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Visa: A Fantastic Business With A Premium Valuation (NYSE:V)

VISA Credit Card Wallet
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investment thesis

A visa (V) is a company that needs no introduction. As the world’s largest credit card company, many of us use Visa debit or credit cards and it’s been a long time since. It’s a great business with huge margins, but the valuation is a little rich with current prices in my opinion. With a market capitalization of over $450 billion, Visa is a mature cash-printing company, but I’m not sure it will be enough to provide double-digit returns for new investors without the continued multi-scaling. There is also more uncertainty in the financial space looking into the next decade with the rise of fintech, cryptocurrency, and other rapidly evolving technologies into finance.

the work

The visa has been an integral part of the daily lives of many Americans, as well as people around the world. Just over half of Visa’s revenue for fiscal year 2021 came from international sources. Most of Visa’s revenue comes from data processing and services revenue, but a large portion comes from international transactions and other sources.

Source: Annual Report

Not only does Visa generate a great deal of revenue, but the company also has some of the best margins out there. With operating margins of over 65% and net margins of over 51% for 2021, Visa is printing cash faster than the vast majority of companies out there. This is partly due to the nature of the business model, but Visa’s margins are still better than its nearest competitorMasterCard (Master). Mastercard has an operating margin of 53% and a net margin of 46% for the first nine months of 2021. Don’t get me wrong, these margins indicate quality business, but Visa is clearly the best breed company when it comes to credit cards and transactions.

Source: Annual Report

As an international company, Visa is part of a massive number of transactions each year, with close to 165 billion transactions worth $10.4 trillion in 2021. Curiosity got the better of me and I had to add the hack below.

Source: the author

I can’t find any bugs or weaknesses in the work to be completely honest. If you add all these factors together, Visa is clearly an outstanding company. This is why the market has always assigned the stock to a premium multiplier.


I have watched over the past couple of years as the markets have continued to rally on the easy money, not ending massive buybacks and speculation. While there are certainly pockets in the market that carry more foamy valuations than Visa is currently doing, I’m not ready to start buying Visa stock just yet. With more than 35 times mixed earnings and a market capitalization of over $450 billion, I find it hard to justify paying for Visa’s future growth. Visa will continue to grow and grow rapidly, but I don’t find the stock attractive at the moment.

Source: quick graphs

If the stock drops below $180 or $185, I will probably start buying. That would be just under 30 times earnings, and I’d start buying aggressively if we saw the stock drop to $150. Unfortunately, I’m not sure if we’ll see stocks drop below $200 unless we see broader weakness in the market. Every investor is different, but I am very selective when it comes to valuation, especially for huge stocks. The other problem is that Visa doesn’t do much to get excited about when it comes to earnings.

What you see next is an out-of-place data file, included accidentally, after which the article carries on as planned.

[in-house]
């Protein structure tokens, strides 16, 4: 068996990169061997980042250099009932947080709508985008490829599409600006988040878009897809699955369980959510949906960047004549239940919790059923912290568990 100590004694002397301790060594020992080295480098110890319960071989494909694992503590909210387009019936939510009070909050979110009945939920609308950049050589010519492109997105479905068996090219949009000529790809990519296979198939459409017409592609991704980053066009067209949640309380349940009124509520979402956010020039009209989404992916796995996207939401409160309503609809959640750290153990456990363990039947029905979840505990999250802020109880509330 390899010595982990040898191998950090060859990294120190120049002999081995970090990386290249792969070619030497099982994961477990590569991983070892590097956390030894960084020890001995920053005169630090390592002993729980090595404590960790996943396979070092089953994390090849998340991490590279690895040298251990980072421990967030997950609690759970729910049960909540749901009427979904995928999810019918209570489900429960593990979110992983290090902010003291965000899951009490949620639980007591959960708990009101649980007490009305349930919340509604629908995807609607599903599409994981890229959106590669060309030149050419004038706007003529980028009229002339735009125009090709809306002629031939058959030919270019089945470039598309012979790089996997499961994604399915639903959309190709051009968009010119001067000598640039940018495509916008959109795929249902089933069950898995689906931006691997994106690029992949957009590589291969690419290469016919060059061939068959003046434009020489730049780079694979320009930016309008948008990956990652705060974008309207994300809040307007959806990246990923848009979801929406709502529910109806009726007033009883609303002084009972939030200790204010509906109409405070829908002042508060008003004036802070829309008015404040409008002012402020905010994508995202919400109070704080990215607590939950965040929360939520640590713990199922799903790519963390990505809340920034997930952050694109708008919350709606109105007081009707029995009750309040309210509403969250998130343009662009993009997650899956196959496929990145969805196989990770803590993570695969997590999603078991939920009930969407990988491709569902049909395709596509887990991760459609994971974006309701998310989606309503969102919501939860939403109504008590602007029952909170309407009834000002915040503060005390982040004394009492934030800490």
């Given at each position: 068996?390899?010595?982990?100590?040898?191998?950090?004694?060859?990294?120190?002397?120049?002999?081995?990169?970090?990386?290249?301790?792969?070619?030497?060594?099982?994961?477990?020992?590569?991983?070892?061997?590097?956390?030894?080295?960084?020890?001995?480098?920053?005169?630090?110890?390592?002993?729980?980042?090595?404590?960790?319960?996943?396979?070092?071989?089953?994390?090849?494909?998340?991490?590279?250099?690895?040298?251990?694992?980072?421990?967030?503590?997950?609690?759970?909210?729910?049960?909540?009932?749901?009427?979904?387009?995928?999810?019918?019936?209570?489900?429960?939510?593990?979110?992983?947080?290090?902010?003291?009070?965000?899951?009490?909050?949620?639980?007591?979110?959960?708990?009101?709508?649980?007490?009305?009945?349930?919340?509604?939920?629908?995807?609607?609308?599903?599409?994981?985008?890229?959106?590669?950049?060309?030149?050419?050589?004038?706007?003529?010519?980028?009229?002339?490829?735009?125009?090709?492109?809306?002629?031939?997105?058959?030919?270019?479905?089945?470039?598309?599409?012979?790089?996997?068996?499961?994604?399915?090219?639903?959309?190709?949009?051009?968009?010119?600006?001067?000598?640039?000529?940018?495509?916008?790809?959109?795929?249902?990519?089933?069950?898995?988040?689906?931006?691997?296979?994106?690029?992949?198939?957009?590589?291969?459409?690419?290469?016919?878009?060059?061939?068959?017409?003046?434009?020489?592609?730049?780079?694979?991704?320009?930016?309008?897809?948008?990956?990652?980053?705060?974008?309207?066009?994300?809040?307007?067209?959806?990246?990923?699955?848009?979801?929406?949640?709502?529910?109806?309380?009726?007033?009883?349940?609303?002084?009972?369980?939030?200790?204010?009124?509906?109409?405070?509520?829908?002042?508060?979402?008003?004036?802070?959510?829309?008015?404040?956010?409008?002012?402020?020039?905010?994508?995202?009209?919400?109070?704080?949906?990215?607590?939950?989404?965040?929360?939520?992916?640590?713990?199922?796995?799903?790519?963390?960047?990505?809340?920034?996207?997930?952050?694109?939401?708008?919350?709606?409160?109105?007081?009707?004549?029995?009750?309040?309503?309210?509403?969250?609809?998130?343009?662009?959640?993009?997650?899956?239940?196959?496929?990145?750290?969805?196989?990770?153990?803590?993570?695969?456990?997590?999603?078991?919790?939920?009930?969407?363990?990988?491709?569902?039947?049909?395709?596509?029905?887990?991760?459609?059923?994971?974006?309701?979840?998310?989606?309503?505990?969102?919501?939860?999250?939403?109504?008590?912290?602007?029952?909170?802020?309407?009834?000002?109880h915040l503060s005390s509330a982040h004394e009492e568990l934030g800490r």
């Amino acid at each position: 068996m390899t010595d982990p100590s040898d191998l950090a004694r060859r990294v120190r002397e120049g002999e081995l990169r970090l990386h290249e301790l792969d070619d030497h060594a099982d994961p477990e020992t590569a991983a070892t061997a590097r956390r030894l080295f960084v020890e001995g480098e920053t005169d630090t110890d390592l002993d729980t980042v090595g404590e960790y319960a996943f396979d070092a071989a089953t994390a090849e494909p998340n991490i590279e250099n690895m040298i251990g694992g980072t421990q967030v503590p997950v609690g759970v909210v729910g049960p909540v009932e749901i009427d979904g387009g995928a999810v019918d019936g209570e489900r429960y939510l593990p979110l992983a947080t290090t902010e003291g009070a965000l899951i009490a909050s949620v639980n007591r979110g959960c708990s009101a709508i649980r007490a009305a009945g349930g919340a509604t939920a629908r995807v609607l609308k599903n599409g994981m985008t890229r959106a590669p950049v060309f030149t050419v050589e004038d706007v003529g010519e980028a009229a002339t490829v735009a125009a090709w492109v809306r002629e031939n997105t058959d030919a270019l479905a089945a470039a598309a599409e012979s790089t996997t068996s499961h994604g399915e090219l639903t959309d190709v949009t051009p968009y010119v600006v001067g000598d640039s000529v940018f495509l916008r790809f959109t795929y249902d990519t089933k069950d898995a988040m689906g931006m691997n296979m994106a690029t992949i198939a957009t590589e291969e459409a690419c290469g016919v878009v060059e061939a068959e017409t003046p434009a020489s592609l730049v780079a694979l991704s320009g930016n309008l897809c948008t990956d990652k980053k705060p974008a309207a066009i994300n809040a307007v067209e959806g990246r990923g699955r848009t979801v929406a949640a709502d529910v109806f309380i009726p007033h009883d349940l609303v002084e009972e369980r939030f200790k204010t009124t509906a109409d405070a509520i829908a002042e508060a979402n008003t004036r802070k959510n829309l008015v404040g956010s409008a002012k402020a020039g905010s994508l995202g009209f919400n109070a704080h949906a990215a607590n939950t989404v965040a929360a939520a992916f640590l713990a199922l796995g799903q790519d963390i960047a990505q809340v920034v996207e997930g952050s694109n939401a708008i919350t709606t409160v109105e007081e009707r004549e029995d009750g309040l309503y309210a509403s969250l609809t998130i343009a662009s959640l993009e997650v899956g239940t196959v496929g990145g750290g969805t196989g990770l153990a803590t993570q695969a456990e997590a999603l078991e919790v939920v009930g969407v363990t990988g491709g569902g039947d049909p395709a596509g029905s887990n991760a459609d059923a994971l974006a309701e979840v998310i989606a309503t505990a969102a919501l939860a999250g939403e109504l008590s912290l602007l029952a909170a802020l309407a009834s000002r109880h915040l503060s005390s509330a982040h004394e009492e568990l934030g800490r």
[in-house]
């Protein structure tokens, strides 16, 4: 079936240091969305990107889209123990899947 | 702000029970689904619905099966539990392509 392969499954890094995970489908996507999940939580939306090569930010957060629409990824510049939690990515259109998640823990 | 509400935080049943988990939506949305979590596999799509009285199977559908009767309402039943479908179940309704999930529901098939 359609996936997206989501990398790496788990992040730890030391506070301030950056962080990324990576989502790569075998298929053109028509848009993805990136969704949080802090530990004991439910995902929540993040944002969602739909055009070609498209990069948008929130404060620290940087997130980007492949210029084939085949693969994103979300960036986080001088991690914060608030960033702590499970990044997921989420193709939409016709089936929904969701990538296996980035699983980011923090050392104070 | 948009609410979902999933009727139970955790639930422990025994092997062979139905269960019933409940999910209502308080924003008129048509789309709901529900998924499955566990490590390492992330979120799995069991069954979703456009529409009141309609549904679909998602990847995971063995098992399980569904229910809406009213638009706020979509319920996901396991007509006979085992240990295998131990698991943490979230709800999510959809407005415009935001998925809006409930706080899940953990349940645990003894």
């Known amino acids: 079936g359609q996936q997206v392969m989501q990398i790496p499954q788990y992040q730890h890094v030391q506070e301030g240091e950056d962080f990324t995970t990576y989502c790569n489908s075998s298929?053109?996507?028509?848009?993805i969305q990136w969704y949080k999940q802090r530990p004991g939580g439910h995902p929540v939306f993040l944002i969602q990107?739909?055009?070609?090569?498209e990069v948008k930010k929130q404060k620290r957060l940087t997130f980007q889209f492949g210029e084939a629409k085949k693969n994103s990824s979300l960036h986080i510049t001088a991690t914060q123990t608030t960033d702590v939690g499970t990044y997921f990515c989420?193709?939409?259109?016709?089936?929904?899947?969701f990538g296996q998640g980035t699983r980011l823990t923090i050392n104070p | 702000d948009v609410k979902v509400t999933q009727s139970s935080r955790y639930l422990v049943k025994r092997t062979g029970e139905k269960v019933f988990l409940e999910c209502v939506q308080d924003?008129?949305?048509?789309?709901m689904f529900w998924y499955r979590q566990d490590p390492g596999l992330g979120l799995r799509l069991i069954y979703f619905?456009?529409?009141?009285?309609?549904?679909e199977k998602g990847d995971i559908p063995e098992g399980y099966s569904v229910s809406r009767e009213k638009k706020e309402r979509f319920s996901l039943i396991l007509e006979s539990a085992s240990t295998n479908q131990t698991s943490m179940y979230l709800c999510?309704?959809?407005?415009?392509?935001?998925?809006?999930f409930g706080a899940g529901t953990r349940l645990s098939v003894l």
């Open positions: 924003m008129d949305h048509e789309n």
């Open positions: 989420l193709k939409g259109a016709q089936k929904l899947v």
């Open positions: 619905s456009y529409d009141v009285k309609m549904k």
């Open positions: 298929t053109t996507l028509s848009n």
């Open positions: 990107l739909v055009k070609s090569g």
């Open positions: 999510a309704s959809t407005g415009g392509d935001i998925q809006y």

Dividends and buybacks

Visa is currently generating a whopping 0.67% return. Sure, it’s better than a savings account, but nothing that gets income investors excited. Visa raised its dividend from $0.32 to $0.375 for the start of fiscal 2022, and the payout ratio is low, so investors can expect double-digit earnings growth for the foreseeable future.

Repurchases are the other biggest part of Visa’s capital return program. Personally, if I were a shareholder, I’d like to see bigger dividend hikes, especially when buybacks are done with these valuations. Visa repurchased $8.7 billion worth of stock in 2021 at an average price of $219.03. On September 30, Visa had $4.8 billion remaining on its existing repurchase authorization. In the last couple of years they have authorized additional buybacks in January and I believe this pattern will continue this year.


The visa is definitely a great job. However, it appears to me that it is currently trading above fair price. I also wonder what the future looks like for Visa. With the rapid development of new technology disrupting the financial field, I’m not sure what role Visa will play in 5-10 years. I’m no computer wizard (I have people for that), but there is a lot of uncertainty on the horizon when it comes to the intersection between finance and technology.

Another part that makes me hesitant to start a position in Visa is the small dividend yield and the buy back program implemented with premium ratings. I think we’ll continue to see rapid dividend growth, but the starting yield is so low that income-seeking investors have to look elsewhere. Visa is a premium company with an excellent valuation and I think it would be wise for discerning investors to wait for a major pullback or look elsewhere for more attractive opportunities.

I’d be excited to hear your thoughts. Feel free to leave a comment below.

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